But after my personal journey with AS and diet, I’ll be honest dieticians, sorry I stopped listening to you and just started working things out for myself, so please don’t guilt trip me, my life is hard enough without having to make it really hard to work out what to eat.

But do please feel free to comment and contradict me, I know some people are really dedicated to working through the diet thing, and I’m not saying don’t try it or keep at it if it works for you, only that it really didn’t work for me…

AS is my burden, writing is my escape.

And if you are looking for the best help to improve your Ankylosing Spondylitis then for me it was the AS course at the Hospital for Rheumatic Diseases in Bath, UK. This hospital is now threatened with closure, if you wish to sign the petition to keep this hospital open, please click here. It changed my life (You can attend as a private patient or on the NHS). And if you would like more information on AS take a look at National Ankylosing Spondylitis Society, NASS, website.

Captured LoveOh P.S. My novella, Captured Love, telling the story of a subsidiary character from Illicit Love is now available on amazon.com/amazon.co.uk and is going to be FREE from 1st-5th September.

If you want to find out more go to my books page or my website www.janelark.co.uk  like me on Facebook or follow me on twitter @janelark

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About janelark

a writer of authentic, passionate and emotional love stories
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4 Responses to Ankylosing Spondylitis and diet

  1. Sean says:

    Hi Jane
    Everything that you say here strikes a chord with me.
    I have not have wheat or corn for 20 years – but do still eat rice and potatoes.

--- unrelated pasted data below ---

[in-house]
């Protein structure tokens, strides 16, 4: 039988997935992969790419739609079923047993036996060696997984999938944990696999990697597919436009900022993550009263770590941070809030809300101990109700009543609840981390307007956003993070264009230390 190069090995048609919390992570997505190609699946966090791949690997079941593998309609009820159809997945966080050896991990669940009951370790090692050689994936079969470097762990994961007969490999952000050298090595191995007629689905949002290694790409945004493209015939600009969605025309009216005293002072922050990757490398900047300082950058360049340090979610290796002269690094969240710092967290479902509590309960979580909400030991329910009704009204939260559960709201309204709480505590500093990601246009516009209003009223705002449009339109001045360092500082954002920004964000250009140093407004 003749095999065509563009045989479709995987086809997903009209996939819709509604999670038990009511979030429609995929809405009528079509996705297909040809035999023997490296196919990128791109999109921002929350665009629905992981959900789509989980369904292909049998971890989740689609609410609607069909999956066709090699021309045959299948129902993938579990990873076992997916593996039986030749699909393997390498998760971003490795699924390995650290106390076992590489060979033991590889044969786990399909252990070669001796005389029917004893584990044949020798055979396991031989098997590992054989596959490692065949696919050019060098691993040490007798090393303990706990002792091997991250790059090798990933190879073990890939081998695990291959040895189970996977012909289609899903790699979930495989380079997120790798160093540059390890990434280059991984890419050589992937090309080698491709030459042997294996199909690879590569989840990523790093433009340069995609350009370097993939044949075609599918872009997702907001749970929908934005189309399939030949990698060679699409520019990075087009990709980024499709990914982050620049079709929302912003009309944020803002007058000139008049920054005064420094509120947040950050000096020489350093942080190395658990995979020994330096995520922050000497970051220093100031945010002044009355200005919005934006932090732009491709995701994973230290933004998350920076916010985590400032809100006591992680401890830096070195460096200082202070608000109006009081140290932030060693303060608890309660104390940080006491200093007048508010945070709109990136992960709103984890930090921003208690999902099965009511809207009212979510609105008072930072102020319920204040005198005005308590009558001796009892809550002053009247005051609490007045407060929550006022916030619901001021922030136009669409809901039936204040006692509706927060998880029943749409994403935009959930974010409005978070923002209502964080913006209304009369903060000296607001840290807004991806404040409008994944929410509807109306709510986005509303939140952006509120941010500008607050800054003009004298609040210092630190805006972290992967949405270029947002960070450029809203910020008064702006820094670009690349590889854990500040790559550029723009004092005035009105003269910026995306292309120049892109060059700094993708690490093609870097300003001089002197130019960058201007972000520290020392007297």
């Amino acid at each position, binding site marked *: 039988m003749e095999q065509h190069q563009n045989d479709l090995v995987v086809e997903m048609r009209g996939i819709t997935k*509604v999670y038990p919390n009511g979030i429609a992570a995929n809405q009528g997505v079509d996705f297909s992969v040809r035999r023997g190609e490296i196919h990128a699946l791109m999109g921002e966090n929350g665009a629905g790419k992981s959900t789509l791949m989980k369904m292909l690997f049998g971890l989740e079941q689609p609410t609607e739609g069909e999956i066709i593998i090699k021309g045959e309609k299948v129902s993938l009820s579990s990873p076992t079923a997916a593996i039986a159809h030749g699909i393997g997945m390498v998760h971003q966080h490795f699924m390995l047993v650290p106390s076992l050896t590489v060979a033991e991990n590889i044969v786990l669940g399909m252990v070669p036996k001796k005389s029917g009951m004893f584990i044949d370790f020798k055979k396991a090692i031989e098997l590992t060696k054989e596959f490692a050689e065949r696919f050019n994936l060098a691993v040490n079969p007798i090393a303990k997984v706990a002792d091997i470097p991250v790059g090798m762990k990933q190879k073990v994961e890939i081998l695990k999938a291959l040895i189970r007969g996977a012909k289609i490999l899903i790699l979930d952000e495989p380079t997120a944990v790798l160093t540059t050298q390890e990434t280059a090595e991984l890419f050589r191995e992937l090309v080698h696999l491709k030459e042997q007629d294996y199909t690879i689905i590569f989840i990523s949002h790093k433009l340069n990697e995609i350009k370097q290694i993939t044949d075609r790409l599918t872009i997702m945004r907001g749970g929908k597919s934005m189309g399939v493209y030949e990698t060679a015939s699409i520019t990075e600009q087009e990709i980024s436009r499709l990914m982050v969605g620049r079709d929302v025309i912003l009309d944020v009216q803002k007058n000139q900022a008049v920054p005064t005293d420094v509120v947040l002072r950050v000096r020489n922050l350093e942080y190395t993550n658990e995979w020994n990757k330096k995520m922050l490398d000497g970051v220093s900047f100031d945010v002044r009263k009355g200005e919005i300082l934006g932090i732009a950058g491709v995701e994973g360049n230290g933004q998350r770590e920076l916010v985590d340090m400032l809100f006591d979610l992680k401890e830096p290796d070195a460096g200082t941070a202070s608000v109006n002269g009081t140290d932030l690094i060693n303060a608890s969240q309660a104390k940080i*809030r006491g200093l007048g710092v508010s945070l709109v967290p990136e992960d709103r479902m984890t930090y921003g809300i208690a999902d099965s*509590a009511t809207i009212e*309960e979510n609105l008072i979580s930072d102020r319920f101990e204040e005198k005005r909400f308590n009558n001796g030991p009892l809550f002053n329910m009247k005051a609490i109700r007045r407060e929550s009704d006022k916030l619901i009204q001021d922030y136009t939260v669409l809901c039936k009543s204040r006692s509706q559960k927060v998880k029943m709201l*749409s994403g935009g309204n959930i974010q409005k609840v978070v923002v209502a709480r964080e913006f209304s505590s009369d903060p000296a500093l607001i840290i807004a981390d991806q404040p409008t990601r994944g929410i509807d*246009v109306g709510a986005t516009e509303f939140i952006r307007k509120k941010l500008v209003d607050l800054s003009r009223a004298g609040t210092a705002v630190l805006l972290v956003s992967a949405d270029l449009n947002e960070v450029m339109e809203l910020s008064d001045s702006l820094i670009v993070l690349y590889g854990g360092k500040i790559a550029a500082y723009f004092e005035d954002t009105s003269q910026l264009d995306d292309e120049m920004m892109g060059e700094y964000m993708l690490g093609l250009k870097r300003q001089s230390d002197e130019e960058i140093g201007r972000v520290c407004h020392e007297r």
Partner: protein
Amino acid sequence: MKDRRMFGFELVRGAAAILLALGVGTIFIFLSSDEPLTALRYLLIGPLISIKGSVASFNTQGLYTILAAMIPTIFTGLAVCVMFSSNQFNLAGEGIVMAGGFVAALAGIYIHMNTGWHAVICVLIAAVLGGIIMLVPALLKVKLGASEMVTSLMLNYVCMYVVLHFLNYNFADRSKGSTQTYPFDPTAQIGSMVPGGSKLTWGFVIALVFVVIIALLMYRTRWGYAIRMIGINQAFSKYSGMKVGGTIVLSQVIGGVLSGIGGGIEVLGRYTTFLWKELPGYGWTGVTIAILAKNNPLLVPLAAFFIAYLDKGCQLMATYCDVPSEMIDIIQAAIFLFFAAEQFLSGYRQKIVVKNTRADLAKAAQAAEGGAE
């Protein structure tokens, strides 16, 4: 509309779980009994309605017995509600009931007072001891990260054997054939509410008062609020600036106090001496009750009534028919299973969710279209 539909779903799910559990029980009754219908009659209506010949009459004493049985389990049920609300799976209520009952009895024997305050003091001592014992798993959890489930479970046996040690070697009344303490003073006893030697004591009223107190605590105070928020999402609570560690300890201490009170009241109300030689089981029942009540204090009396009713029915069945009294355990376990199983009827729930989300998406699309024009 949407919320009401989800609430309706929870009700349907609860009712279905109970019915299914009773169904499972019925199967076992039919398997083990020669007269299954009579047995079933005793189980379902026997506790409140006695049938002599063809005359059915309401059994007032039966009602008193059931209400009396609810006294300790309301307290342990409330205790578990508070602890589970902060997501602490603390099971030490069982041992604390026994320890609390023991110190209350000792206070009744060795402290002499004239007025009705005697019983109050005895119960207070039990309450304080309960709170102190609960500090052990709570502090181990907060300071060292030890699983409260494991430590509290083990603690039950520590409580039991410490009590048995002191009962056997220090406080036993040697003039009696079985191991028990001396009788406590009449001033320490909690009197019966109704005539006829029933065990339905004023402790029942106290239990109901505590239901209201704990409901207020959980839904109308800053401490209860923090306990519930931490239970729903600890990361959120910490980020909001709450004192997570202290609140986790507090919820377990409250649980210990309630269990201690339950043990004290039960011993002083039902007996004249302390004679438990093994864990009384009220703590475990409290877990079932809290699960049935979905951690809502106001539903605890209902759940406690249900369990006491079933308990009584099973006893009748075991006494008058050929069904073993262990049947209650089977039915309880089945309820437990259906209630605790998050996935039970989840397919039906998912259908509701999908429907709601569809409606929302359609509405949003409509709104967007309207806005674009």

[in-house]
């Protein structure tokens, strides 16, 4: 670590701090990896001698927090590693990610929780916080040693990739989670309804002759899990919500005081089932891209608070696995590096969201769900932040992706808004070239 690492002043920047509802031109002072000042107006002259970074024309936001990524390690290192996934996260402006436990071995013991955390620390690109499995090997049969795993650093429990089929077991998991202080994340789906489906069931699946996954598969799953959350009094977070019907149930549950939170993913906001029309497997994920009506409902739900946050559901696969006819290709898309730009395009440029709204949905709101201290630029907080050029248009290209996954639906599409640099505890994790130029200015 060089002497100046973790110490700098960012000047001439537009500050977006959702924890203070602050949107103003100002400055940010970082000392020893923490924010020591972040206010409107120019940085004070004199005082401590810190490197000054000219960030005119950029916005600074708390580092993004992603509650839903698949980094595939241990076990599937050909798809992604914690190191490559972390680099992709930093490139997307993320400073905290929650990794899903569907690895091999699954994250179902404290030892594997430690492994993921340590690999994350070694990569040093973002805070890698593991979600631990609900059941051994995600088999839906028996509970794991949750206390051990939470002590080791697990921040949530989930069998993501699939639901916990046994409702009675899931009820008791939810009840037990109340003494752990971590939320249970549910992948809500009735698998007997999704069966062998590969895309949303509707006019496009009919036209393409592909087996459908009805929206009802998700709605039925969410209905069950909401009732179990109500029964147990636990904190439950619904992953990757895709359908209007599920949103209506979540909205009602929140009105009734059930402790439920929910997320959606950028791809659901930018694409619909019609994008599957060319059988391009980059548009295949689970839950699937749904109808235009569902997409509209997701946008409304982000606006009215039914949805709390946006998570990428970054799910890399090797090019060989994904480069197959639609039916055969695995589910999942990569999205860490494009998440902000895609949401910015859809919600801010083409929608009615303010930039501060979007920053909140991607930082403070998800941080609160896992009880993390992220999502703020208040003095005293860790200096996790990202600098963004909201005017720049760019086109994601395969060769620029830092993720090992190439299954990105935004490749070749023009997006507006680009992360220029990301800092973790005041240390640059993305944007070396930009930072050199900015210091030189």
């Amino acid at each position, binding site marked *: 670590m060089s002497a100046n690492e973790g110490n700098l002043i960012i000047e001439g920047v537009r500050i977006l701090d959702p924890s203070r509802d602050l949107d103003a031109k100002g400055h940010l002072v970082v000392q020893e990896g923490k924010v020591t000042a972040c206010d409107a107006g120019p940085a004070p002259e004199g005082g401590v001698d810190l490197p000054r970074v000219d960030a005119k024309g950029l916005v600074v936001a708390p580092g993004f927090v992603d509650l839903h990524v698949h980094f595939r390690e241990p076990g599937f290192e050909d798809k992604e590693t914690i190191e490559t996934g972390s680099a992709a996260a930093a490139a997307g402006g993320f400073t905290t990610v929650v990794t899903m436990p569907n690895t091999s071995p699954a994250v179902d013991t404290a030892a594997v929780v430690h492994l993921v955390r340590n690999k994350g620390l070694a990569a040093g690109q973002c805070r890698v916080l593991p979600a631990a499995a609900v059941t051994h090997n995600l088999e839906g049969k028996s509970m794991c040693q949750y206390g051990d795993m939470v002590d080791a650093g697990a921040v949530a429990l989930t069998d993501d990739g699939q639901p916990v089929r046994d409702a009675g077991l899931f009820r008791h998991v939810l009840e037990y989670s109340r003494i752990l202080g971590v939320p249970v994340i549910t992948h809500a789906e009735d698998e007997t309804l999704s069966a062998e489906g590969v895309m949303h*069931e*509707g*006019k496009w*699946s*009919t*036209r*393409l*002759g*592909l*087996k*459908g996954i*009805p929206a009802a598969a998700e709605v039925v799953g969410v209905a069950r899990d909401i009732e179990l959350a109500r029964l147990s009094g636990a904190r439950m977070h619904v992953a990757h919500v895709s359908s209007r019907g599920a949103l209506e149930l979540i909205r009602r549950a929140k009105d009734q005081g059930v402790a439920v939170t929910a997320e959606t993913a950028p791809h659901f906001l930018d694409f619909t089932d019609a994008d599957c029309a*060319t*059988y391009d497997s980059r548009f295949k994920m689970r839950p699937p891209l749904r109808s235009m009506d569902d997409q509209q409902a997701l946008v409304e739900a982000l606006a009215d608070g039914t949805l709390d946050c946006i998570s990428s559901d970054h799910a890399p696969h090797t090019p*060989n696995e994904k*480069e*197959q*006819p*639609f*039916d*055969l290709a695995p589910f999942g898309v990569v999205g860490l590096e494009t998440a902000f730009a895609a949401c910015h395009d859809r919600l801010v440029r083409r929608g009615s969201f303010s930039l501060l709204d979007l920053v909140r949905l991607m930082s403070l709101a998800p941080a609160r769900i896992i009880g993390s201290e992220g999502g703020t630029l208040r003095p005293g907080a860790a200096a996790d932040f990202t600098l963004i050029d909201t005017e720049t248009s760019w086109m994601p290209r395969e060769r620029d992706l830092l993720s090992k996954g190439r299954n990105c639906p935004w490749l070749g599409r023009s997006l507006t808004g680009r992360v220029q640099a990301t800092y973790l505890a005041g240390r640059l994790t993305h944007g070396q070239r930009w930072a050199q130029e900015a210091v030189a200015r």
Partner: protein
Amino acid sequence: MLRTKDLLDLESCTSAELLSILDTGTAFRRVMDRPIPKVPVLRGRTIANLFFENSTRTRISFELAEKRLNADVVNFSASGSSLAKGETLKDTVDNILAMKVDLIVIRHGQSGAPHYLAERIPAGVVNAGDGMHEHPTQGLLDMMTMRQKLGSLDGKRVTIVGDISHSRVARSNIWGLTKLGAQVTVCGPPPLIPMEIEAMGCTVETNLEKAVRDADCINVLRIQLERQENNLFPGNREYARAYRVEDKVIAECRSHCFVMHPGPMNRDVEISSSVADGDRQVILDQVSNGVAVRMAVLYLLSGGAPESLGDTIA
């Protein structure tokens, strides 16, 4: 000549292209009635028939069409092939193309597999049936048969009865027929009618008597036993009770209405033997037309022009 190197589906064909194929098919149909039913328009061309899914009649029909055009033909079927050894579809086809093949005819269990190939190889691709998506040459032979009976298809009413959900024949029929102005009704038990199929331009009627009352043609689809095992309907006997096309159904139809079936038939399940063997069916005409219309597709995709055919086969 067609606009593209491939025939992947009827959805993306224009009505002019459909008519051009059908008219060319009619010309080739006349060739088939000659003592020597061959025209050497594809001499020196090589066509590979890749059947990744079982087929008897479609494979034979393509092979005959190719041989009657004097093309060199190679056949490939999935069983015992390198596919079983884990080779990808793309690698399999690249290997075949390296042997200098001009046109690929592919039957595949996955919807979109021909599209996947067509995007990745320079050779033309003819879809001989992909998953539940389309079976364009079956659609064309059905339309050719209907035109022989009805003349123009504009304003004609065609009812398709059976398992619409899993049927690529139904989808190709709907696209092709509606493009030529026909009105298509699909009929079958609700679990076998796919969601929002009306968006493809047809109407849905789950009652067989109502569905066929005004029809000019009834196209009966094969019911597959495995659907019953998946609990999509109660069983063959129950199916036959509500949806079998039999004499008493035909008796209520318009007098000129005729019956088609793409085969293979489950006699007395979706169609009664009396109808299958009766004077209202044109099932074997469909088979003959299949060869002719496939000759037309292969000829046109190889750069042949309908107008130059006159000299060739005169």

I had first AS flares at age 19 – I am now 47 and have not needed any drugs other than the odd painkiller that I now try and avoid.

    The key to it all is intestinal permeability – which you have touched on with the IBS. I have had the same debate as you seem to have had with the “starch free” brigade – who are in some ways more restrictive than I am except they do not all except the protein hypothesis – I avoid all wheat regardless of starch content so I do not have beer, Guinness, lager, glucose syrup…

    If you have a few minutes then please read up on Zonulin – a protein that is produced by the body as a response to something in the gut that it does not like – and they have proven that the wheat protein gliadin produces this Zonulin release in All people (not just celiacs).

    Once your gut (tight junctions) opens up your immune system is exposed to a unhealthy wealth of proteins – dietary and bacterial.

    Btw caffeine stops zinc from being ingested – and zinc is key to many enzyme processes that cope with the immune response to foreign proteins – read deamination (celiac), citrulination (RA), adenosine (AS)

    Happy to swap more information if you wish – but do ramble a bit – so best of luck it sounds like you are working out!

    Regards, Sean

  2. Stacy Jones says: